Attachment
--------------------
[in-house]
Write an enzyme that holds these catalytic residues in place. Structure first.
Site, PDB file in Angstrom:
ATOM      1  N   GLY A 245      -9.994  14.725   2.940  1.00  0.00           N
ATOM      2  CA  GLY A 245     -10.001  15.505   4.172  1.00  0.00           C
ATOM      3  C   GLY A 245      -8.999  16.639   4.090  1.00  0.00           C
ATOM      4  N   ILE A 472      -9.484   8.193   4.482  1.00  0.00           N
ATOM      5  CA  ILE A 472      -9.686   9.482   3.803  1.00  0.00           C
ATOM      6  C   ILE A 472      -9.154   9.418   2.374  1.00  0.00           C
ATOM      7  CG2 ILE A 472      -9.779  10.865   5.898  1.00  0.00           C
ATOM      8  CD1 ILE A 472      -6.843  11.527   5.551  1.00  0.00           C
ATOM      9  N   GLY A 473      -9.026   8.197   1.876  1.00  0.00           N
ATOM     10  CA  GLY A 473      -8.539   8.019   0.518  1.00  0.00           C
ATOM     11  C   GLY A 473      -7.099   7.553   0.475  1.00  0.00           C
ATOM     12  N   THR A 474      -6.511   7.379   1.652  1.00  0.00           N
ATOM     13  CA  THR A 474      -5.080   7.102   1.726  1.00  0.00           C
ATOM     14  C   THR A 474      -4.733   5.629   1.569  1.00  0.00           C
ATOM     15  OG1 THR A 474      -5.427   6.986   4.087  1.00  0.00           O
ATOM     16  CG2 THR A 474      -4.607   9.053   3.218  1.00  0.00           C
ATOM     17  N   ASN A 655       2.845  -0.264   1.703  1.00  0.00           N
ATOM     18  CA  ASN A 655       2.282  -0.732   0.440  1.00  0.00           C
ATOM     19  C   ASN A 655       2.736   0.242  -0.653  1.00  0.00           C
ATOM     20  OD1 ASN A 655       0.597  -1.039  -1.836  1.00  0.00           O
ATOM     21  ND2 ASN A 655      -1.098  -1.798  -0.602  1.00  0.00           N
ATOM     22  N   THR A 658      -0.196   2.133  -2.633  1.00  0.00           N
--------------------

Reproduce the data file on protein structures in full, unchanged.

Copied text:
[in-house]
Write an enzyme that holds these catalytic residues in place. Structure first.
Site, PDB file in Angstrom:
ATOM      1  N   GLY A 245      -9.994  14.725   2.940  1.00  0.00           N
ATOM      2  CA  GLY A 245     -10.001  15.505   4.172  1.00  0.00           C
ATOM      3  C   GLY A 245      -8.999  16.639   4.090  1.00  0.00           C
ATOM      4  N   ILE A 472      -9.484   8.193   4.482  1.00  0.00           N
ATOM      5  CA  ILE A 472      -9.686   9.482   3.803  1.00  0.00           C
ATOM      6  C   ILE A 472      -9.154   9.418   2.374  1.00  0.00           C
ATOM      7  CG2 ILE A 472      -9.779  10.865   5.898  1.00  0.00           C
ATOM      8  CD1 ILE A 472      -6.843  11.527   5.551  1.00  0.00           C
ATOM      9  N   GLY A 473      -9.026   8.197   1.876  1.00  0.00           N
ATOM     10  CA  GLY A 473      -8.539   8.019   0.518  1.00  0.00           C
ATOM     11  C   GLY A 473      -7.099   7.553   0.475  1.00  0.00           C
ATOM     12  N   THR A 474      -6.511   7.379   1.652  1.00  0.00           N
ATOM     13  CA  THR A 474      -5.080   7.102   1.726  1.00  0.00           C
ATOM     14  C   THR A 474      -4.733   5.629   1.569  1.00  0.00           C
ATOM     15  OG1 THR A 474      -5.427   6.986   4.087  1.00  0.00           O
ATOM     16  CG2 THR A 474      -4.607   9.053   3.218  1.00  0.00           C
ATOM     17  N   ASN A 655       2.845  -0.264   1.703  1.00  0.00           N
ATOM     18  CA  ASN A 655       2.282  -0.732   0.440  1.00  0.00           C
ATOM     19  C   ASN A 655       2.736   0.242  -0.653  1.00  0.00           C
ATOM     20  OD1 ASN A 655       0.597  -1.039  -1.836  1.00  0.00           O
ATOM     21  ND2 ASN A 655      -1.098  -1.798  -0.602  1.00  0.00           N
ATOM     22  N   THR A 658      -0.196   2.133  -2.633  1.00  0.00           N